DayBreaks for 1/29/18 – Flying on Autopilot

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DayBreaks for 1/28/2019: Neon Promises

From the DayBreaks archive, dated 1/26/2009:

From Ovi’s World of the Bizarre, December 4, 1997: “A bizarre incident occurred when Paul Sirks was trying to get his plane going, after it quit on landing. Sirks was trying to crank the propeller when the plane took off without a pilot. It reached 12,000 feet and flew around for two hours. It finally ran out of gas and crashed in a bean field northwest of Columbus.”

Galen’s Thoughts: I wish I’d seen Mr. Sirks chasing the plane after it started and it took off without him. Can you see him running after it? Can you imagine the phone call he must have made to the control tower?!

Fortunately, although the plane was destroyed, no one was hurt. But consider:

FIRST: Life can operate on autopilot. We can go from day to day, not paying much attention to the details of life, and just “letting it happen”. Life will oblige us, for a while – until all of a sudden it comes crashing down for lack of neglect to the things that are important. It may be a teen who crashes for lack of parental involvement, a marriage that founders because of lack of effort and time, a job that is lost because of laziness and refusal to learn and grow. It is dangerous to fly on autopilot – life can fly that way for a while, but it’s not the best way. Consider the advice given in Proverbs 6:6-11, that encourages us to think about life carefully so we aren’t “poverty stricken”: Go to the ant, you sluggard; consider its ways and be wise! It has no commander, no overseer or ruler, yet it stores its provisions in summer and gathers its food at harvest. How long will you lie there, you sluggard? When will you get up from your sleep? A little sleep, a little slumber, a little folding of the hands to rest– and poverty will come on you like a bandit and scarcity like an armed man. Remember – there is more than one kind of poverty, and the most tragic poverty of all is the poverty of the soul.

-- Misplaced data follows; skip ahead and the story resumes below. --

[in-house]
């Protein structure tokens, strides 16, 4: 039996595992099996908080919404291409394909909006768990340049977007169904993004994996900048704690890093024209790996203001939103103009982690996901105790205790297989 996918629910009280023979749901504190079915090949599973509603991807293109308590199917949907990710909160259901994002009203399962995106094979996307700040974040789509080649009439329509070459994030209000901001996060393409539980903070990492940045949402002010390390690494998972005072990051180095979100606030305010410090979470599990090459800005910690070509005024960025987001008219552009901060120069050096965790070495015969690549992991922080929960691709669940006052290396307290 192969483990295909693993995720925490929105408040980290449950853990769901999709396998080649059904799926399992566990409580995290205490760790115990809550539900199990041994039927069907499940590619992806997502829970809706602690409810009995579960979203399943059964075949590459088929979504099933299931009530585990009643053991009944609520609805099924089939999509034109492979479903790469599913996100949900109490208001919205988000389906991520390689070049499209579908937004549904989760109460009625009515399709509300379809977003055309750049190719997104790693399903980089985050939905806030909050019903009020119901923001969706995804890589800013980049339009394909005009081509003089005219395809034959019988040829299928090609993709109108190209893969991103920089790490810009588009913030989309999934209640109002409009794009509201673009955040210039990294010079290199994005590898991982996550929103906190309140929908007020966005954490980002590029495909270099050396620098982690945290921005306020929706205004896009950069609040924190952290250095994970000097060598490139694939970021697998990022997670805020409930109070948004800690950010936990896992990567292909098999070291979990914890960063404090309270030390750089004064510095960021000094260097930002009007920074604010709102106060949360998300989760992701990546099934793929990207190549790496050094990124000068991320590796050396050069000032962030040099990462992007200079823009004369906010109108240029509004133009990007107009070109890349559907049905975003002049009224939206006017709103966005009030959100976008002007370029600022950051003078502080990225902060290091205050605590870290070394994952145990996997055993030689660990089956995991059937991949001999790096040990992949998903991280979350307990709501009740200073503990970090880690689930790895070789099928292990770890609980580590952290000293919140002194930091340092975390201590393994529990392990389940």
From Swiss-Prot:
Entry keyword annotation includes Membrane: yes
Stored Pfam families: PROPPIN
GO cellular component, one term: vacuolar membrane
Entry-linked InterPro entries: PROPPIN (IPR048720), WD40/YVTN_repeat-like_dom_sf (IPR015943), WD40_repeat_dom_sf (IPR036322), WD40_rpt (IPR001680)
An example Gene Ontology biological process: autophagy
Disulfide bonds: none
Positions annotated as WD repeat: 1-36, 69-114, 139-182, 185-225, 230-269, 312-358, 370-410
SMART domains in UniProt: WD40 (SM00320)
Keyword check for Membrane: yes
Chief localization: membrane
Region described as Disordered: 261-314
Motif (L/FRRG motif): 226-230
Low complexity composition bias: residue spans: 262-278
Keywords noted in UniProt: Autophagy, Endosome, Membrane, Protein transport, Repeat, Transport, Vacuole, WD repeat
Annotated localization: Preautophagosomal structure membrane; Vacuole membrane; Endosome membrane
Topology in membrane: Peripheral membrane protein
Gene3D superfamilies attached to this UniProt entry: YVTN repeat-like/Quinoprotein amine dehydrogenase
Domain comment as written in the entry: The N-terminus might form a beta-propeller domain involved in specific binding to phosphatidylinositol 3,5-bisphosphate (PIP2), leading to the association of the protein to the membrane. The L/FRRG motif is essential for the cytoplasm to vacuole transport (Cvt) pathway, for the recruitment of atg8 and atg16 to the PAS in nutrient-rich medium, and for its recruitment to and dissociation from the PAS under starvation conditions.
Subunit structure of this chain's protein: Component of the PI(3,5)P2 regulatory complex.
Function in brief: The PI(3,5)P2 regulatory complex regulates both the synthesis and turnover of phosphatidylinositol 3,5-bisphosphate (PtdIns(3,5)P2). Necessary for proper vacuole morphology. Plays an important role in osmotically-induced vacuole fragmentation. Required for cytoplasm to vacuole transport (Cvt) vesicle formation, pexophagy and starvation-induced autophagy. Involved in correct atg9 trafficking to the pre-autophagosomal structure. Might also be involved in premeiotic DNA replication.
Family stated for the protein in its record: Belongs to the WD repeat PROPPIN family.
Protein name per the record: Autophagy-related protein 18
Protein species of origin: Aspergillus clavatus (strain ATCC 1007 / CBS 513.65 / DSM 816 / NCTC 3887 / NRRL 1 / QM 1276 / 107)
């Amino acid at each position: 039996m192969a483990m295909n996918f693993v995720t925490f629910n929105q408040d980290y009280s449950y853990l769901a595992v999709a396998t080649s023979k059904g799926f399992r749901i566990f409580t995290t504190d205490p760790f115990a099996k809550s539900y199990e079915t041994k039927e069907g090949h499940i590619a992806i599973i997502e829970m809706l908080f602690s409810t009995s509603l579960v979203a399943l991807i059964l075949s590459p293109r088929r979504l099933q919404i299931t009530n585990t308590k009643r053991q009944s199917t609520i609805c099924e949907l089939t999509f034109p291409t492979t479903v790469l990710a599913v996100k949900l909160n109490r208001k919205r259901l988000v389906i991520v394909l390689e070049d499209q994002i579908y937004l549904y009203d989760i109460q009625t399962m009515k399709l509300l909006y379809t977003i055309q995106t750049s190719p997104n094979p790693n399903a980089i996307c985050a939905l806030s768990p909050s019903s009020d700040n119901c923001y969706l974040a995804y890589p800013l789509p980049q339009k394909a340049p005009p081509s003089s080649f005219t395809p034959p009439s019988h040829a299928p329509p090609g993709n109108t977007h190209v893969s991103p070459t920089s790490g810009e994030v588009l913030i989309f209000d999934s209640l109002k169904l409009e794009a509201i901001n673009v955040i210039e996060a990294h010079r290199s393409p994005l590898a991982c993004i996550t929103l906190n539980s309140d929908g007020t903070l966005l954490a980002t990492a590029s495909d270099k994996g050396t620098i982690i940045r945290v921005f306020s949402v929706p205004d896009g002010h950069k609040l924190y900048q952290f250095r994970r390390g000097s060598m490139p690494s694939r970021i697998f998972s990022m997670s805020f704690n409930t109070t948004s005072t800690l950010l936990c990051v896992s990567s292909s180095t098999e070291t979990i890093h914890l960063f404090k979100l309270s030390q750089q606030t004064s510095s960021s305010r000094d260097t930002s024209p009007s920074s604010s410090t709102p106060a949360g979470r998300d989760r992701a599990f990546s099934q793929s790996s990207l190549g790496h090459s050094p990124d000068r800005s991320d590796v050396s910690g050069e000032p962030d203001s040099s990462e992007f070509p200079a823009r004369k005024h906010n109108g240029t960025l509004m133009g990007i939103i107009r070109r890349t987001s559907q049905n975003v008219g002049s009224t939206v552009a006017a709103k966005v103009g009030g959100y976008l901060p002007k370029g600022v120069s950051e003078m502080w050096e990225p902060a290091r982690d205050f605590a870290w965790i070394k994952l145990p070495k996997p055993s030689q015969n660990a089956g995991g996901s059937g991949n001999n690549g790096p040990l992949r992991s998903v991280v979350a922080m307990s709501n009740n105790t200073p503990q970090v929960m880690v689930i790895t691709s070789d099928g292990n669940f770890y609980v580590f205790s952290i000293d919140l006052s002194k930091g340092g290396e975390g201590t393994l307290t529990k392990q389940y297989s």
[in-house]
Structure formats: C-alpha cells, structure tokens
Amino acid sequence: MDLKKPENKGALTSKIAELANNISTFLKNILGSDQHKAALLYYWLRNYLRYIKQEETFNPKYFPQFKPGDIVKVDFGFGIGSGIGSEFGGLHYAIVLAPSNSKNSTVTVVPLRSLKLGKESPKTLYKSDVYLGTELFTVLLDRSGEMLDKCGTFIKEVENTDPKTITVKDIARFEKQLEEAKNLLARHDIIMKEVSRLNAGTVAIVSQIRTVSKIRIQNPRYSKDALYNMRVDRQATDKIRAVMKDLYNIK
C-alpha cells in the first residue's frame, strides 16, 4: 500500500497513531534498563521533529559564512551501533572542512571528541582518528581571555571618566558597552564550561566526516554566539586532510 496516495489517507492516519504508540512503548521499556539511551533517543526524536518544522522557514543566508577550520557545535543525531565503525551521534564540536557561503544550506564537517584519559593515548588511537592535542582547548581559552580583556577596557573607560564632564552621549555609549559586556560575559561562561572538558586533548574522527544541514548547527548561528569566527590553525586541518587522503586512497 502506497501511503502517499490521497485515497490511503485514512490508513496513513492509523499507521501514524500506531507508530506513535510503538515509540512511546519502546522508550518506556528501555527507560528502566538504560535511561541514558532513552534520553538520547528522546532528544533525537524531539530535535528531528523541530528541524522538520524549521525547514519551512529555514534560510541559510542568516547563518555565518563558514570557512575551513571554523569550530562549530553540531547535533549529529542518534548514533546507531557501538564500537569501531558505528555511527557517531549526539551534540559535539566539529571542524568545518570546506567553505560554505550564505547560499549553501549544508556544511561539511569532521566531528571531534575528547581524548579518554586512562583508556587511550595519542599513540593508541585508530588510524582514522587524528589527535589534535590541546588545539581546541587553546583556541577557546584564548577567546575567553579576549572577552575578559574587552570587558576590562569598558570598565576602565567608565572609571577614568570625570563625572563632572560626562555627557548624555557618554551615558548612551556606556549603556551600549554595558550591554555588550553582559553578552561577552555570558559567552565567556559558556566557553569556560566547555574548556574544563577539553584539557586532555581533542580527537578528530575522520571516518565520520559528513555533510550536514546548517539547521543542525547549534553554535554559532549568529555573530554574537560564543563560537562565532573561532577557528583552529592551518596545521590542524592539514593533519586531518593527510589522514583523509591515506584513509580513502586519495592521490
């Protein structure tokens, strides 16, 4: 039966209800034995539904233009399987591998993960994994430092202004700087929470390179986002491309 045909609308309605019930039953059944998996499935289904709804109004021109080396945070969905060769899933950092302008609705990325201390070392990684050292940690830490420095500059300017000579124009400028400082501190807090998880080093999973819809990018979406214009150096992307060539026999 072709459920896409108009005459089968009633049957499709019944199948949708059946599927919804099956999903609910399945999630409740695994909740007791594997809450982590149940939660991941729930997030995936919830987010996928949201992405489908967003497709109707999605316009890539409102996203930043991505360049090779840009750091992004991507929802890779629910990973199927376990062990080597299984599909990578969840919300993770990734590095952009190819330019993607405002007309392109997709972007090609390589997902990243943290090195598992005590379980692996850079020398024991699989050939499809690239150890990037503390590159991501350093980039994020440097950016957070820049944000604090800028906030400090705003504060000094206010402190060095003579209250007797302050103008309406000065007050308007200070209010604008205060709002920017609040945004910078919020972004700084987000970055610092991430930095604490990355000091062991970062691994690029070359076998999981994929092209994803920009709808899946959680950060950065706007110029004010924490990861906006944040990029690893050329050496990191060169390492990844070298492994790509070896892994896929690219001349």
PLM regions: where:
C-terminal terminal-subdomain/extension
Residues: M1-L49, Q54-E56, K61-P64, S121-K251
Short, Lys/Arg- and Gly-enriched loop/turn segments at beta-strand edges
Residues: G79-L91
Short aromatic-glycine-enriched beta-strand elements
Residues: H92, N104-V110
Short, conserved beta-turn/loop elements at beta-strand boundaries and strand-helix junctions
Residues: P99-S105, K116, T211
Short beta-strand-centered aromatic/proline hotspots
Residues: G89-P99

SECOND: I’m sure we’ve all seen movies where the pilot of an airplane is killed or dies from a heart attack and someone on board the plane has to do some heroic flying (even though they’ve never been trained). Sometimes it has a happy ending – sometimes not. It is at a moment like that when you really appreciate having a pilot that knows what he’s doing – who has been trained to do the job and do it right. Who is the pilot of your life? Are you trying to fly solo? Some of the time?

Part of the job of the shepherd is to guide and direct the sheep – to make sure they get safely where they are supposed to go. Jesus knows the way – he knows how to really “fly” – and he will give you wings (1 Thes. 4:17: After that, we who are still alive and are left will be caught up together with them in the clouds to meet the Lord in the air. And so we will be with the Lord forever.)

Now that’s how to fly!!!